"Mama, I don’t want to be Jewish. I want to celebrate Christmas,” exclaims my 4-year-old from the backseat of the car this summer, while we listen to “Henai Rakevet” on repeat on our favorite PJ Library CD. Though we live a very Jewish life in Seattle, there is no escaping Christmas, even in July. Last year was the first year my daughter, Charlotte, understood that Christmas was a thing. A thing that involved songs, candy, a big guy in a red suit that sort of looked like Zayde (z”l), presents (lots of presents), and the fact that we were NOT going to have Christmas, because we are Jewish.
Charlotte has been attending the early childhood program at Congregation Beth Shalom since she was a baby. I work at Temple Beth Am down the road. We spend a considerable amount of time at synagogues and Jewish social events around town, celebrate Shabbat and all the Jewish holidays, and my sister is a rabbi. And yet, Charlotte apparently would trade it all in for Christmas. The December dilemma is very real, whether you are part of an interfaith family or both parents come from Jewish backgrounds. How can parents strengthen a budding Jewish identity within the dominant American culture of Christmas? December is a doozy.
For my family, this season begins another round of why we don’t celebrate Christmas. I try not to emphasize that we have Hanukkah instead, because I don’t think making it an equivalent holiday captures the essence of what our religious and cultural identity is about. I try to focus more holistically on all the great things that encompass being Jewish, like family, food, speaking Yiddish and Hebrew, and a connection to Israel. After Charlotte has asked yet again to get a Christmas tree while shout-singing “Jingle Bells,” I hear my dad’s voice in my head when I was a kid and wanted to go out before Shabbat dinner or had to miss the first day of school for Rosh Hashanah: “Sometimes, it’s not easy being Jewish.”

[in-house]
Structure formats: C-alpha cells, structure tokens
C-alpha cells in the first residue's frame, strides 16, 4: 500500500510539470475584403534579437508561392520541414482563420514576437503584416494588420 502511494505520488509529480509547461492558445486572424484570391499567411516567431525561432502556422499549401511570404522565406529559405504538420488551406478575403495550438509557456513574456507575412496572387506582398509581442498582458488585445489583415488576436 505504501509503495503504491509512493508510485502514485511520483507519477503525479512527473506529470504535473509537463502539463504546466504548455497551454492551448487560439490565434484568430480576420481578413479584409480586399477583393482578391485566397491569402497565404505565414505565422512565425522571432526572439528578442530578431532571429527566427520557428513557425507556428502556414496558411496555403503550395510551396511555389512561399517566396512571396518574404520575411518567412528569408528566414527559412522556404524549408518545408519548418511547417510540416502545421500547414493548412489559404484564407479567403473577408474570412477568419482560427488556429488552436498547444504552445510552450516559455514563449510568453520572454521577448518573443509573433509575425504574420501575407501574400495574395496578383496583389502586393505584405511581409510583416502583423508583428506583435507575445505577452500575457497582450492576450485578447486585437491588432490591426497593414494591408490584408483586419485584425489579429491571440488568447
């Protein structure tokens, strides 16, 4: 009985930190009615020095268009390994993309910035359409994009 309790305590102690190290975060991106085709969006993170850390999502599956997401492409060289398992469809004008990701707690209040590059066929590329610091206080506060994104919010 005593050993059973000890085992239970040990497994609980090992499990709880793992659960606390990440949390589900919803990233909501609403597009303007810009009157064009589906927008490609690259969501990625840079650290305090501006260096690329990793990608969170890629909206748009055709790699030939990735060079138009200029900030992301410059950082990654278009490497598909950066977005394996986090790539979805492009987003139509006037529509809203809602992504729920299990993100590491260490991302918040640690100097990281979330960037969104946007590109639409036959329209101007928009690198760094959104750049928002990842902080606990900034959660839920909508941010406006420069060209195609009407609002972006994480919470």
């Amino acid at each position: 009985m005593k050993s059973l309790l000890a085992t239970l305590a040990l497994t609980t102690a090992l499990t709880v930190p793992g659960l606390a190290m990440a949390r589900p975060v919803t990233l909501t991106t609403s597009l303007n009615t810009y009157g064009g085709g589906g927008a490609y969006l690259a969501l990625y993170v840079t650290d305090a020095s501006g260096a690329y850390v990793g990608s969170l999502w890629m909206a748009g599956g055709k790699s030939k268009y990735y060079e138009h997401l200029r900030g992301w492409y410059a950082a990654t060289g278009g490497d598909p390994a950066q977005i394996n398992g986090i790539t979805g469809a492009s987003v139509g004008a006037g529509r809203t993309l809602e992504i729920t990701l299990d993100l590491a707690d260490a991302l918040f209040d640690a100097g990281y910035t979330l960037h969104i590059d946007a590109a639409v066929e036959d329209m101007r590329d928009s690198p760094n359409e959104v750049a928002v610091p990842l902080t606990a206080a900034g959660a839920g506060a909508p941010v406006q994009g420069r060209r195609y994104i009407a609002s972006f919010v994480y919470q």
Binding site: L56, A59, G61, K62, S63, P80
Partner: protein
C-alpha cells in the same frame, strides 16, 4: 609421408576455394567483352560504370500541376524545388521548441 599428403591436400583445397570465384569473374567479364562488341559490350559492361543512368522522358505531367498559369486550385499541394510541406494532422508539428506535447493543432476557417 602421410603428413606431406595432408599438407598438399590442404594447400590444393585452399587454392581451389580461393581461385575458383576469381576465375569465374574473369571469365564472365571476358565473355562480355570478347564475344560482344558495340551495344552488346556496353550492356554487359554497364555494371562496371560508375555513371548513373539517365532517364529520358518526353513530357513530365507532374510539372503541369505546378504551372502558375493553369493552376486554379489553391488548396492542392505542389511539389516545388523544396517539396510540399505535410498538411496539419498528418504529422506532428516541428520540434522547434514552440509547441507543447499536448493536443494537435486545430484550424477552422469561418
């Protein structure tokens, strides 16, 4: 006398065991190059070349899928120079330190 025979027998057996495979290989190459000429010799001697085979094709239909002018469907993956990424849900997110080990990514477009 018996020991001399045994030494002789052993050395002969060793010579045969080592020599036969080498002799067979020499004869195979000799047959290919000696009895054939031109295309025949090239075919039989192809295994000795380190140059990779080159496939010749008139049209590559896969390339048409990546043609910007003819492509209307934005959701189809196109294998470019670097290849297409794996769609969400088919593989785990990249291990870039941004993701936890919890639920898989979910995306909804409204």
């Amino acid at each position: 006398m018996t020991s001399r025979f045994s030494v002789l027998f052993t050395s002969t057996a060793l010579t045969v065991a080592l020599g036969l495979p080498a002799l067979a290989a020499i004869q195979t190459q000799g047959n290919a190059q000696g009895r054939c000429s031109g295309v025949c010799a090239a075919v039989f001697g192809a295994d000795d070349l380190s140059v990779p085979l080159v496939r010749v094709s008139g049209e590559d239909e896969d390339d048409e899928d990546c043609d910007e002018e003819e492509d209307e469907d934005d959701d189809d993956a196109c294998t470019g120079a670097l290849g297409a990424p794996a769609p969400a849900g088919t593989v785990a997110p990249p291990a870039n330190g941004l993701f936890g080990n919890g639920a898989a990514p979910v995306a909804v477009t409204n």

In Seattle especially, I find one has to be intentional about Jewish engagement and creating a Jewish community. There are many opportunities to connect through synagogues, schools, and programs, but with a spread-out Jewish population it’s easy to feel like the odd Jew out during the Christmas season.
I get it. Christmas trees are pretty and smell good. I sing quietly along with all the carols, we’ve been making an annual pilgrimage to drive through Candy Cane Lane (wearing our Magen David star glasses) for over 20 years, and I am a sucker for an eggnog latté. I appreciate how random people you interact with are in a festive spirit. My Jewish identity is piqued during Christmas.
It is a rich time of year to talk about all the things that make people different. And still, I understand why a Jewish kid would trade it for a day of lots of presents after having Christmas directly marketed to them for months. So we’ll keep talking about all the wonderful ways of being Jewish. As Charlotte grows up in our Jewish community, one of these years, the holiday season will be upon us and she’ll just ask if it’s going to snow in Seattle this winter.